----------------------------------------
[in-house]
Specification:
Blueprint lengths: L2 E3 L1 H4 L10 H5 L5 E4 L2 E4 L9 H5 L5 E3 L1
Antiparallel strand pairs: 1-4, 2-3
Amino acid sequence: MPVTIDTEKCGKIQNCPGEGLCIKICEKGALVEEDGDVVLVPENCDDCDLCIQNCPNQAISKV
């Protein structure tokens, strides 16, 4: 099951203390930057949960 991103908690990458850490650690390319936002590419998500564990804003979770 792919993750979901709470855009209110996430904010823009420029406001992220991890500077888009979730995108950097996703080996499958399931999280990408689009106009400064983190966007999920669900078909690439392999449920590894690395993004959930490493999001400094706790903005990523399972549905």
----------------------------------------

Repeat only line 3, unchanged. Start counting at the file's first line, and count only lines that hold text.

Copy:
Blueprint lengths: L2 E3 L1 H4 L10 H5 L5 E4 L2 E4 L9 H5 L5 E3 L1